It is delightfully ironic that a site has been approved for the construction of a monument in Martin Luther King Jr.’s name on the Washington Mall, given that in the last months of his life, King’s ambitious goal was to set up tent encampments of the nation’s poor on that very Mall, to bring the specter of poverty directly under the eye of the government and to peacefully but forcefully disrupt the functioning of the nation’s capital. Michael Eric Dyson has rescued King’s vision from bland, unthreatening co-optations in his book I May Not Get There With You: The True Martin Luther King, Jr., placing the radical face back on this sanitized hero. Dyson understands King’s “dream” to be revolutionary, filled with contradictions rather than concord, stemming as much from rage at a sick nation as from hope of a better one.
As Dyson points out, the dream that King spoke of at the 1963 March on Washington may have hailed the harmony of a color-blind society in the future, but such “a beautiful symphony of brotherhood” would be achieved only after tumultuous transformations. Dyson puts forth a modest proposal of sorts, suggesting a moratorium on King’s “I Have a Dream” speech. The Reverend himself later acknowledged that “‘not long after talking about’ the dream in Washington, ‘I started seeing it turn into a nightmare.'” He warned of the conflagrations, rebellions and dislocations that would persist until the American dream existed as a reality for all. After the Voting Rights Act of 1965, King fixed his gaze upon a host of previously untackled problems. The goal was no longer legal rights for black Americans; rather, King struck at issues that lurk in the dark underbelly of America–problems of power, privilege and the bond between race and class.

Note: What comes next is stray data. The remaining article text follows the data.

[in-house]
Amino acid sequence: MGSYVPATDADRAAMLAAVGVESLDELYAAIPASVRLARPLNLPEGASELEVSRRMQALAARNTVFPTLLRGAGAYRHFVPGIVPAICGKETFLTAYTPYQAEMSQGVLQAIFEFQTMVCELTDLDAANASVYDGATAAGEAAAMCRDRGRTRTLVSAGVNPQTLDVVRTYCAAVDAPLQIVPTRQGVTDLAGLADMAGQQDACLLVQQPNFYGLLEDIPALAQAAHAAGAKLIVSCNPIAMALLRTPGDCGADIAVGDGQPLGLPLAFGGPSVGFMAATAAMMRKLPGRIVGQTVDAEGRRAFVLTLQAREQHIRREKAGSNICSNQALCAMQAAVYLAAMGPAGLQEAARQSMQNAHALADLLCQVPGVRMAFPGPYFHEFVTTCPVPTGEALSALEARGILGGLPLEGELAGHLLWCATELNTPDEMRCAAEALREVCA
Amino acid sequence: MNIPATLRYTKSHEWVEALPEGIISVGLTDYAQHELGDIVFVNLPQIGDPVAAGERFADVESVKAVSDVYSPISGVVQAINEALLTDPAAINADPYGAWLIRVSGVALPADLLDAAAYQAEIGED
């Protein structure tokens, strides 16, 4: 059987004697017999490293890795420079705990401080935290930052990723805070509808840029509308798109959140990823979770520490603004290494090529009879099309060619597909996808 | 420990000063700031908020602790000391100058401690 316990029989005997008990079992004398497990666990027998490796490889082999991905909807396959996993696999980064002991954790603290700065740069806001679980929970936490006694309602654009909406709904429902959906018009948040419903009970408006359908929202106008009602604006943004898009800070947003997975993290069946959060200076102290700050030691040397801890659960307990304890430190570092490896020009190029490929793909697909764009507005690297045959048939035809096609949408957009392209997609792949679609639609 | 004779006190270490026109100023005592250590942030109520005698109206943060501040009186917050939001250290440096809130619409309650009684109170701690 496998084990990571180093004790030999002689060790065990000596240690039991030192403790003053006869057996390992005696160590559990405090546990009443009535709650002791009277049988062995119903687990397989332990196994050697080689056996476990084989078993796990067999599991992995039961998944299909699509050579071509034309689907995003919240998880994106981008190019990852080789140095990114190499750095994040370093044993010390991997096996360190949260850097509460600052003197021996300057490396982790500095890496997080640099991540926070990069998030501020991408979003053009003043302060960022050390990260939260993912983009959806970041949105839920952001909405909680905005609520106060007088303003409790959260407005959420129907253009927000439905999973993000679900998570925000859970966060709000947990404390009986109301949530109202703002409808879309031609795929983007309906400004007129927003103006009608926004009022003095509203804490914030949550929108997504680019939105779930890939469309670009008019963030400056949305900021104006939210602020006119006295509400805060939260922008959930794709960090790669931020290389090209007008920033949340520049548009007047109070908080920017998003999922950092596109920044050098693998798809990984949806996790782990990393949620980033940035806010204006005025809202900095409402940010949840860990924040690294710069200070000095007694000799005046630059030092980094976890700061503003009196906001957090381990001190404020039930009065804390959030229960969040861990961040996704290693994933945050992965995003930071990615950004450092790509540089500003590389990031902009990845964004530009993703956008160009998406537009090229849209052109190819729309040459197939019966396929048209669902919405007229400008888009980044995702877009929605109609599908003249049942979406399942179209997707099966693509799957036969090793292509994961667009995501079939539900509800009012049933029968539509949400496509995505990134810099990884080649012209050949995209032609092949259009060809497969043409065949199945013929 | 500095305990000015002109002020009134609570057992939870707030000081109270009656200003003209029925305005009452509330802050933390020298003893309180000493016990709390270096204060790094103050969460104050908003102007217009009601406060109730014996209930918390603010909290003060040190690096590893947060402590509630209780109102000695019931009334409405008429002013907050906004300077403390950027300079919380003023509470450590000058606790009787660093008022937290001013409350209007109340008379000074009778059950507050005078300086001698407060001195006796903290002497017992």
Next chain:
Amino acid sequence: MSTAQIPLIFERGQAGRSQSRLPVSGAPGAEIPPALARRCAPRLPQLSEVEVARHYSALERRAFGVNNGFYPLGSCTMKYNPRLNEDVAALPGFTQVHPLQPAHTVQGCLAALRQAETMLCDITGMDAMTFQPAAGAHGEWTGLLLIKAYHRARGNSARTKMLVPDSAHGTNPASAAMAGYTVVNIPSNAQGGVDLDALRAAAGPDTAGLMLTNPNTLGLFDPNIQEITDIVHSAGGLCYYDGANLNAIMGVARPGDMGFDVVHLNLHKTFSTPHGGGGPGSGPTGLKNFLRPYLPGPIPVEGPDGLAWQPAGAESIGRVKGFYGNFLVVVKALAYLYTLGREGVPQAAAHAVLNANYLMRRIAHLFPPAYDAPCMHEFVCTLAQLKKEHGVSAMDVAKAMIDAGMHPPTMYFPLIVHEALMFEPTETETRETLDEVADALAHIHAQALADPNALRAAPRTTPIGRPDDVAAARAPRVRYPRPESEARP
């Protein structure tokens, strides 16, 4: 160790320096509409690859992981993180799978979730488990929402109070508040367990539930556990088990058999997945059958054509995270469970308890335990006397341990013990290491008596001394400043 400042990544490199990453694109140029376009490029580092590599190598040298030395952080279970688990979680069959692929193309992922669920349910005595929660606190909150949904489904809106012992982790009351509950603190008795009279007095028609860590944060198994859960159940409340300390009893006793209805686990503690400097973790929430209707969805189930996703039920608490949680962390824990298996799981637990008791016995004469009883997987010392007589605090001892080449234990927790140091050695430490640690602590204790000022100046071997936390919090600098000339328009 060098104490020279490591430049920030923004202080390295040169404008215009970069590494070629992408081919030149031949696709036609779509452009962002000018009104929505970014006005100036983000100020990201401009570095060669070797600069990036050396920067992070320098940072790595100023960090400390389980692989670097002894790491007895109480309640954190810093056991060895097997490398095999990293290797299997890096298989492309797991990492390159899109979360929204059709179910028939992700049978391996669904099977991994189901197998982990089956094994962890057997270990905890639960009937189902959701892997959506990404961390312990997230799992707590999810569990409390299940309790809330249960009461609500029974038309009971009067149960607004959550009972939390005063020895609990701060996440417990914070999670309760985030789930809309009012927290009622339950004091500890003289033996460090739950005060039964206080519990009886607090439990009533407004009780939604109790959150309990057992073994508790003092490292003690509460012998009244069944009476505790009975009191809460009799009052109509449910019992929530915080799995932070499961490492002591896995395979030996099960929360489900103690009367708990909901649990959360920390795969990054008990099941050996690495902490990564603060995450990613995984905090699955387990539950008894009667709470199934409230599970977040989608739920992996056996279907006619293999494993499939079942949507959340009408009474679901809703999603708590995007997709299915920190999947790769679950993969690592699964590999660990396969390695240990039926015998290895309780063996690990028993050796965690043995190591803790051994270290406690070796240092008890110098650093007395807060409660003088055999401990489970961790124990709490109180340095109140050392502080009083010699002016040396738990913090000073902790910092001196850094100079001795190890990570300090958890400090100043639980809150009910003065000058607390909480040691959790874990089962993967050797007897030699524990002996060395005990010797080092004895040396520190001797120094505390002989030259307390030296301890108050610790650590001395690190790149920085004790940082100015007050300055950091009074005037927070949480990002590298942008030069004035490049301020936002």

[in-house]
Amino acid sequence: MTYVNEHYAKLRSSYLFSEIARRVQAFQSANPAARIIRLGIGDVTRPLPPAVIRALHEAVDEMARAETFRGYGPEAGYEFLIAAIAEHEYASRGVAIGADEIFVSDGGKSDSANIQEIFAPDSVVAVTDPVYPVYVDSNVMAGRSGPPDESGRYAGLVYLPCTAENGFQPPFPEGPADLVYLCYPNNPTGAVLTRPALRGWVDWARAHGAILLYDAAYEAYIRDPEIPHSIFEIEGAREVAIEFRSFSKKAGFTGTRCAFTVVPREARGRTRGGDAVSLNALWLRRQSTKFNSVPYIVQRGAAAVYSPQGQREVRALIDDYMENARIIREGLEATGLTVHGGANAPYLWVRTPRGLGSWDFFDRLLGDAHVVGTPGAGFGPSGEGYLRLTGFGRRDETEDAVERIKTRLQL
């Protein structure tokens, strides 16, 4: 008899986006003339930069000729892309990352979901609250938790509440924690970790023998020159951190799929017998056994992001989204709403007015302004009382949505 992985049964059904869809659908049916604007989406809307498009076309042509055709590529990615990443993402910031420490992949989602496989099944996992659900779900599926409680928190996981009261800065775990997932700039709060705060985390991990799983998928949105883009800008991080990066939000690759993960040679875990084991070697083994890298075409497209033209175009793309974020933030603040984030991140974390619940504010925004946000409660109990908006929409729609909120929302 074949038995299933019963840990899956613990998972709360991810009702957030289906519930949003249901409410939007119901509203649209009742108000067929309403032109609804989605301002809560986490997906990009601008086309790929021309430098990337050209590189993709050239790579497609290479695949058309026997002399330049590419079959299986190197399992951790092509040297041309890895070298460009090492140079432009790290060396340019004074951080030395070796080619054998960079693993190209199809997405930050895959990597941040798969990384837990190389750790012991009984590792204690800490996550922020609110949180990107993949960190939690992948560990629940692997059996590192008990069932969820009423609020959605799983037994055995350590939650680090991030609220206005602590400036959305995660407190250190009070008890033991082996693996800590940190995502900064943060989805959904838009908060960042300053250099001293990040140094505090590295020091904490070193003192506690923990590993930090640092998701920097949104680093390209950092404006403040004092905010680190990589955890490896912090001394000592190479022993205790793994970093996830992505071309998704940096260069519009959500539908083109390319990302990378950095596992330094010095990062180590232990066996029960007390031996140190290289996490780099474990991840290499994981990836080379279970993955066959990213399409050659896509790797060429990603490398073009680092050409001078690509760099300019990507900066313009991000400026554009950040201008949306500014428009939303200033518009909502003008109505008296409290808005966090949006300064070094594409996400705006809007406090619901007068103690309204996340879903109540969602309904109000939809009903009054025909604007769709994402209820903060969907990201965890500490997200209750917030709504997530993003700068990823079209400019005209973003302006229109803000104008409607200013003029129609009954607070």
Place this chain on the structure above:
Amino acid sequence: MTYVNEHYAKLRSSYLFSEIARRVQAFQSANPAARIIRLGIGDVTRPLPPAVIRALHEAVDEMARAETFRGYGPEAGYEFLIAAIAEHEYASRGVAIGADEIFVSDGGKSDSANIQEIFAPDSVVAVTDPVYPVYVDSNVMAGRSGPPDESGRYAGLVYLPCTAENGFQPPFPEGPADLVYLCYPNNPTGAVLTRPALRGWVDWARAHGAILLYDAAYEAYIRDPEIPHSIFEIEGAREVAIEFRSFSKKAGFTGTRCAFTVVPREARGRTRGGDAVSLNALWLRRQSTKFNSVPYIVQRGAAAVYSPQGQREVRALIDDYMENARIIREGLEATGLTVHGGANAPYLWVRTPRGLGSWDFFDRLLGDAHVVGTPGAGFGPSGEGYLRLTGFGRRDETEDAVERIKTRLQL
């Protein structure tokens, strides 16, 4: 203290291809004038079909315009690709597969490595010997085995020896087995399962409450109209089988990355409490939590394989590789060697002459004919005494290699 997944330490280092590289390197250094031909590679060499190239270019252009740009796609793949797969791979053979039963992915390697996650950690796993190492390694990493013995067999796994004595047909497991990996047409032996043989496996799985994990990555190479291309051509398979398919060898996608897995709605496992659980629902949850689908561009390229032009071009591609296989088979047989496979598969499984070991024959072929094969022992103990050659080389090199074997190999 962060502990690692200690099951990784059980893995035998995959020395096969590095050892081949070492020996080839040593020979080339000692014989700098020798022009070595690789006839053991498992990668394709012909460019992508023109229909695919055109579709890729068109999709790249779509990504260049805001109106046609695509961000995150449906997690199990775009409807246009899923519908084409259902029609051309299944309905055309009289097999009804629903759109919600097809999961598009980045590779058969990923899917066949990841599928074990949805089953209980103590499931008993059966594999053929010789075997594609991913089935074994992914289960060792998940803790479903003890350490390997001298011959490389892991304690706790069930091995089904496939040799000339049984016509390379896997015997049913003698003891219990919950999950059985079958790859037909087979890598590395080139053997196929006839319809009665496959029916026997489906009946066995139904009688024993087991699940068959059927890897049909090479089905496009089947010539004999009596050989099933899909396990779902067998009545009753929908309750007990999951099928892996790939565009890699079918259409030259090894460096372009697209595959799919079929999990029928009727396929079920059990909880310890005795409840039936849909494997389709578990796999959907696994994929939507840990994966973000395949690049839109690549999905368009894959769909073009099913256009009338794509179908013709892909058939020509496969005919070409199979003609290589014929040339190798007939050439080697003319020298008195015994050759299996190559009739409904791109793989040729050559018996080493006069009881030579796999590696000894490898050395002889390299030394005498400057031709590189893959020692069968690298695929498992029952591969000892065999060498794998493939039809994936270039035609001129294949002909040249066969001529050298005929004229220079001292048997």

The question of how to portray King is a battle not only over interpretations of history but of how to use memory in the present and future. King’s own economic views were fleshed out and changed over time; by the end of his life, he was an avowed democratic socialist. He found himself advocating radical redistribution of wealth and power in the name of truth, equality and American ideals. In the best parts of his work, Dyson moves beyond an exaltation of King and into ruminations on race, and how King’s dream dealt with the same problems that bedevil America today. He is incisive on the nature of black American heroes like King and Muhammad Ali, who after they die or fall ill are “fashioned to deflect our fears and fulfill our fantasies…who cheer us up more than they challenge or change us.”
Throughout, Dyson seems to view King as more shaped by his faith than by other people around him. Thus, Dyson’s work is aptly titled, and fits into a long lineage of studies of King whose titles project King as messianic. I May Not Get There With You continues a tradition, ranging from Stephen Oates’s Let the Trumpet Sound to Taylor Branch’s Parting the Waters, David Garrow’s Bearing the Cross and Adam Fairclough’s To Redeem the Soul of America. The immediate image conveyed is of a great man leading his people out of the wilderness and into the promised land. By placing a primacy on King’s faith, however, Dyson does not pay enough attention to the essential dialectic between leader and follower. There is no question that King gained awe-inspiring strength from his faith, that he saw his initial leadership role as descending from heaven, a role that he seemed to know would one day cost him his life. But, as King scholar Clayborne Carson writes, “The notion that…Great Men (or Great Women) are necessary preconditions for the emergence of major movements…reflects…a pessimistic view of the possibilities for future social change.”